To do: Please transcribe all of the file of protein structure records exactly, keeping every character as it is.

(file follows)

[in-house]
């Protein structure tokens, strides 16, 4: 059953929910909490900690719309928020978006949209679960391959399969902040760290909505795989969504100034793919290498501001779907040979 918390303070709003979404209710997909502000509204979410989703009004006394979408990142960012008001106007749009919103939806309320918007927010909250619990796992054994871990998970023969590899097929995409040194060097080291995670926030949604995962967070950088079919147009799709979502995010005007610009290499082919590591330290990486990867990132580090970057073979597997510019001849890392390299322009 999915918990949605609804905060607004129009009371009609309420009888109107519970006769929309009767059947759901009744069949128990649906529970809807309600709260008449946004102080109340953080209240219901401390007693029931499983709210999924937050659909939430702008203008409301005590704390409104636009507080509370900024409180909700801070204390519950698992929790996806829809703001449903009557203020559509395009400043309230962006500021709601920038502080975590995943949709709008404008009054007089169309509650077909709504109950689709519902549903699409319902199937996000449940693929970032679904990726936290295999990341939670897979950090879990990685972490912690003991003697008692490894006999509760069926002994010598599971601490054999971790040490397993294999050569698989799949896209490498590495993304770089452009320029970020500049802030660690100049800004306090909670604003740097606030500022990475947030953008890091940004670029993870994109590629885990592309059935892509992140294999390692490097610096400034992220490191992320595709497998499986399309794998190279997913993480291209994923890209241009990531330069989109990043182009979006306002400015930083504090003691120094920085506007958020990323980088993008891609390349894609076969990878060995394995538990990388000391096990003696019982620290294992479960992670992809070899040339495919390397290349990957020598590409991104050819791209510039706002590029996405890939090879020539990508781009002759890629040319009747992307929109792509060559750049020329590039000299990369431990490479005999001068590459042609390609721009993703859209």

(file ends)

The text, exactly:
[in-house]
């Protein structure tokens, strides 16, 4: 059953929910909490900690719309928020978006949209679960391959399969902040760290909505795989969504100034793919290498501001779907040979 918390303070709003979404209710997909502000509204979410989703009004006394979408990142960012008001106007749009919103939806309320918007927010909250619990796992054994871990998970023969590899097929995409040194060097080291995670926030949604995962967070950088079919147009799709979502995010005007610009290499082919590591330290990486990867990132580090970057073979597997510019001849890392390299322009 999915918990949605609804905060607004129009009371009609309420009888109107519970006769929309009767059947759901009744069949128990649906529970809807309600709260008449946004102080109340953080209240219901401390007693029931499983709210999924937050659909939430702008203008409301005590704390409104636009507080509370900024409180909700801070204390519950698992929790996806829809703001449903009557203020559509395009400043309230962006500021709601920038502080975590995943949709709008404008009054007089169309509650077909709504109950689709519902549903699409319902199937996000449940693929970032679904990726936290295999990341939670897979950090879990990685972490912690003991003697008692490894006999509760069926002994010598599971601490054999971790040490397993294999050569698989799949896209490498590495993304770089452009320029970020500049802030660690100049800004306090909670604003740097606030500022990475947030953008890091940004670029993870994109590629885990592309059935892509992140294999390692490097610096400034992220490191992320595709497998499986399309794998190279997913993480291209994923890209241009990531330069989109990043182009979006306002400015930083504090003691120094920085506007958020990323980088993008891609390349894609076969990878060995394995538990990388000391096990003696019982620290294992479960992670992809070899040339495919390397290349990957020598590409991104050819791209510039706002590029996405890939090879020539990508781009002759890629040319009747992307929109792509060559750049020329590039000299990369431990490479005999001068590459042609390609721009993703859209």